Ali Smith
Ali Smith is a real virtuoso in experimental fiction. Don’t expect a traditional narrative, but do expect to be drawn in by her expressively poetic language and fascinating sense of perspective. If you like neatly sewn up stories which leave you with nothing to figure out for yourself, Smith is not for you. I find her wonderful. I recommend There But For The, a story of a man who goes to a dinner party and locks himself in the bedroom and won’t come out, or Like which is a story of two halves which fit together and don’t. Intrigued? You should be.

Joyce Carol Oates
Joyce Carol Oates is famed for the scale of her output, an almost production line-like quantity. But don’t think that just because she’s prolific, this means she’s rubbish. It is definitely not the case. With a tendency to lean towards feminist works, Oates doesn’t shy from the difficult story, having tackled the life of Marilynn Monroe with Blonde and small town America gang rape, in the sadly prescient Rape: A Love Story. Unflinching, and yet startlingly poetic, Oates is an admirable writer whose work stands toe to toe with America’s greats (but somehow never gets mentioned. Why, I wonder?).

Marilynne Robinson
Marilynne Robinson’s output is small, a mere three books, but what she has produced is powerful. Housekeeping I have reviewed on this site; it is a stunningly brief and tenuous novel which remains with you, like a beautifully disturbing dream. Home is a poignant story of a prodigal son, a story of disappointment and unfulfilled potential, the ways in which we draw sadness upon each other without even trying. Gilead, a love story from a dying man to his son showing the kind of reverence for the world that would make religion palatable to even the staunchest atheist. Three novels I’m proud to have on my shelves, and ones to return to often.

Doris Lessing
Doris Lessing won the Nobel Prize for Literature no less (with, perhaps, the best reaction to discovering her success ever (oh Christ!). I am not sure if she is still writing, but still alive and really more people should read Lessing than do. Doris Lessing is indomitable. She is fiercely intelligent, fearless. In those theoretical dinners at which you can invite four people from any point at any time in history, she would be at my table and I would be quietly in awe. Famous for her novel The Golden Notebook, largely pegged as feminist (which it is) but also a fascinating exploration of craziness, Lessing is not the sum of one book. She’s ventured into science fiction, dystopia, she’s written about South Africa and what it means to be a women restrained by social expectations and ideals. Her book The Fifth Child, the story of a strange and unlovable child, is one of the most disturbing books I’ve ever read, the natural parent of Shriver’s rightly lauded We Need to Talk About Kevin. I think it would be hard not to find something you enjoy in Lessing’s catalogue.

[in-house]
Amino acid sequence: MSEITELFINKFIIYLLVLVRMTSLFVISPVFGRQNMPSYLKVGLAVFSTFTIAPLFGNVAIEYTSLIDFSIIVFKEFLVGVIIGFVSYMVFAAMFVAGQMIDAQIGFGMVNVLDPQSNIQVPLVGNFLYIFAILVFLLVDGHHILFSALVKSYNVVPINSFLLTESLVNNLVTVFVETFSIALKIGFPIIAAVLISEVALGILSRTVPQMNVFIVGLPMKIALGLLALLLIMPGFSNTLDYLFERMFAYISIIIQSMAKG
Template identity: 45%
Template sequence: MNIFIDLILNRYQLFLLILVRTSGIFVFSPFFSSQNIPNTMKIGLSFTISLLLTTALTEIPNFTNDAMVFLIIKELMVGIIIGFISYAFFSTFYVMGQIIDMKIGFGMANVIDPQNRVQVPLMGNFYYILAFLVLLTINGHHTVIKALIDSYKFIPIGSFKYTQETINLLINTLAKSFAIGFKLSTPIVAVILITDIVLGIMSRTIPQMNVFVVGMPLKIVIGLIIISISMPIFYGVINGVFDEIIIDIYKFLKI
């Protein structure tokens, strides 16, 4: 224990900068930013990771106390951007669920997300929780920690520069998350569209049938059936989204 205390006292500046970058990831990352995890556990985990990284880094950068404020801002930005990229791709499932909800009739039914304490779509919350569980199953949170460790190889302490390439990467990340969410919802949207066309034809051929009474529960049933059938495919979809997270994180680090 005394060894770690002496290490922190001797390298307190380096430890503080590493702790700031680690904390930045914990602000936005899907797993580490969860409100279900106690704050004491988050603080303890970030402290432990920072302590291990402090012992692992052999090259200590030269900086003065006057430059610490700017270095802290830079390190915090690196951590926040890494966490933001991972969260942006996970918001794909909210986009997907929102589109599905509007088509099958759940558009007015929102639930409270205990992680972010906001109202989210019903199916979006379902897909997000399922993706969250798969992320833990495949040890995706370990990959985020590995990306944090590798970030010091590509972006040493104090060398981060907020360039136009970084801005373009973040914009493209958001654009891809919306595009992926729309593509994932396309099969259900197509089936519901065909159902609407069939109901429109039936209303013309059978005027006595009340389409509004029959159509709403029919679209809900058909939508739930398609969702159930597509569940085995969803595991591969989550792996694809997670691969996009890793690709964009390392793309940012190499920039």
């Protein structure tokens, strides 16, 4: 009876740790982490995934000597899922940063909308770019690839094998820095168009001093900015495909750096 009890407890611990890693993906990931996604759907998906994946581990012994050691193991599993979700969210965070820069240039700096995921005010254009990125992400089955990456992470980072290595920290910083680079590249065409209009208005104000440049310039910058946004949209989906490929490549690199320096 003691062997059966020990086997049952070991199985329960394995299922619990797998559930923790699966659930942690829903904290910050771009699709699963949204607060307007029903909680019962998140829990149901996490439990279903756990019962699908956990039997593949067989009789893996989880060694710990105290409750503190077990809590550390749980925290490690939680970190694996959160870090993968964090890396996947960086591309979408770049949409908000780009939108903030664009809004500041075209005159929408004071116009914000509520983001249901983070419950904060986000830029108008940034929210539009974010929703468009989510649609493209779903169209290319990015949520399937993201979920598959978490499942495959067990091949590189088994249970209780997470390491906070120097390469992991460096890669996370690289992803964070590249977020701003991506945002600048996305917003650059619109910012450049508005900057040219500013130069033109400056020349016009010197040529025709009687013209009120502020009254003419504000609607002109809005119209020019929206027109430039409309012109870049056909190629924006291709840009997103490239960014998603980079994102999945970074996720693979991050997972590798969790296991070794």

A M Holmes
I’ve only read one book by Holmes, but immediately went out and bought another two for myself and another one for a friend. She is a writer to share. This Book Will Change Your Life is a wonderful exploration of a lonely man learning to make connections in the world. It is happy and sad, quirky and wonderful. I’ve never been to Los Angeles, but I felt like I’d been there after I read that book. It made me want to hug someone. It made me want to eat doughnuts. It made me want to be kind. It is a funny, warm, humane book about finding yourself in the world. It is a hard blend for a writer, I think, to explore the sadness in life with a positive eye without making it mawkish or overly sentimental. This book was neither of those things. It is simply marvellous. It’ll make you smile if you read it. Go on. No really: go on.

Nicola Barker
Okay, Barker is my wildcard here. I’ve only read one of her novels, Darkmans, and it made an impression. It was odd, very odd. Very long, complex, weird, unsettling and impossible to define. Which is why I’m including Barker here. No one, no one, writes like Barker. She’s probably one of those Marmite writers, but I loved her. And for some strange reason every now and again the word Darkmansss pops into my head, in a evilly, whispery kind of voice that sends a shudder down my spine. Not to everyone’s taste, but another example of a female writer getting out there and pushing the boundaries, not writing ‘safely’. Dangerously. Fearlessly. Admirably.  

I’m aware that in formulating this list, I’ve taken a very narrow perspective on female writing. I’ve excluded, for example, any factual or scientific writing, and there are no women writing to a particular genre. I’ve excluded female writers who are no longer living, though arguably there’s an even richer range if you include them: George Eliot, Virginia Woolf, Mary Shelley, the Bronte sisters, Simone de Beauvoir, to name a mere few. Which, in a roundabout way, means that there are lots and lots more amazing female writers out there.

Who are your favourites? Please share.

No comments:

Post a Comment